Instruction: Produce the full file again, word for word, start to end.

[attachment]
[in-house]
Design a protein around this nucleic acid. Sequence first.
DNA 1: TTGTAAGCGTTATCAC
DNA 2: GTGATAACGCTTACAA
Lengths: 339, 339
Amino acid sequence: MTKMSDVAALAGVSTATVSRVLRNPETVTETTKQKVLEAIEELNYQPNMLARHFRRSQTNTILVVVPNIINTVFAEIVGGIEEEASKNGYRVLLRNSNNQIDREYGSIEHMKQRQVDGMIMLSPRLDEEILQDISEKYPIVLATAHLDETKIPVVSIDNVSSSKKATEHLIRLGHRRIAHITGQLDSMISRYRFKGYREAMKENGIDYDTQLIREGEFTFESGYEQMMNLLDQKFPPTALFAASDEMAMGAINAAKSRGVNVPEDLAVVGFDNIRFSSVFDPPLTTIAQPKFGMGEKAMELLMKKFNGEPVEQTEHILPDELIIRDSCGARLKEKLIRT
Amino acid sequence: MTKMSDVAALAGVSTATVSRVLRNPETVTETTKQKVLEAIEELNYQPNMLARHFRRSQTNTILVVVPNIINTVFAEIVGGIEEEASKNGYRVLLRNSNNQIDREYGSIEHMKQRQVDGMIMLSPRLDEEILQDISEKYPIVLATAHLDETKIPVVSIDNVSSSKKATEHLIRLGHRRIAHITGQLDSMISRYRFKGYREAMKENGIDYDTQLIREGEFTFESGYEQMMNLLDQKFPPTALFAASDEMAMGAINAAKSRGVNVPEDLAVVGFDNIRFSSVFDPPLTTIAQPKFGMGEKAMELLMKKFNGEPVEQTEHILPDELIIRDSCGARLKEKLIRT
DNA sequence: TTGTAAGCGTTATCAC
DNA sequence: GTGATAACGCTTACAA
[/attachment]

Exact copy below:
[in-house]
Design a protein around this nucleic acid. Sequence first.
DNA 1: TTGTAAGCGTTATCAC
DNA 2: GTGATAACGCTTACAA
Lengths: 339, 339
Amino acid sequence: MTKMSDVAALAGVSTATVSRVLRNPETVTETTKQKVLEAIEELNYQPNMLARHFRRSQTNTILVVVPNIINTVFAEIVGGIEEEASKNGYRVLLRNSNNQIDREYGSIEHMKQRQVDGMIMLSPRLDEEILQDISEKYPIVLATAHLDETKIPVVSIDNVSSSKKATEHLIRLGHRRIAHITGQLDSMISRYRFKGYREAMKENGIDYDTQLIREGEFTFESGYEQMMNLLDQKFPPTALFAASDEMAMGAINAAKSRGVNVPEDLAVVGFDNIRFSSVFDPPLTTIAQPKFGMGEKAMELLMKKFNGEPVEQTEHILPDELIIRDSCGARLKEKLIRT
Amino acid sequence: MTKMSDVAALAGVSTATVSRVLRNPETVTETTKQKVLEAIEELNYQPNMLARHFRRSQTNTILVVVPNIINTVFAEIVGGIEEEASKNGYRVLLRNSNNQIDREYGSIEHMKQRQVDGMIMLSPRLDEEILQDISEKYPIVLATAHLDETKIPVVSIDNVSSSKKATEHLIRLGHRRIAHITGQLDSMISRYRFKGYREAMKENGIDYDTQLIREGEFTFESGYEQMMNLLDQKFPPTALFAASDEMAMGAINAAKSRGVNVPEDLAVVGFDNIRFSSVFDPPLTTIAQPKFGMGEKAMELLMKKFNGEPVEQTEHILPDELIIRDSCGARLKEKLIRT
DNA sequence: TTGTAAGCGTTATCAC
DNA sequence: GTGATAACGCTTACAA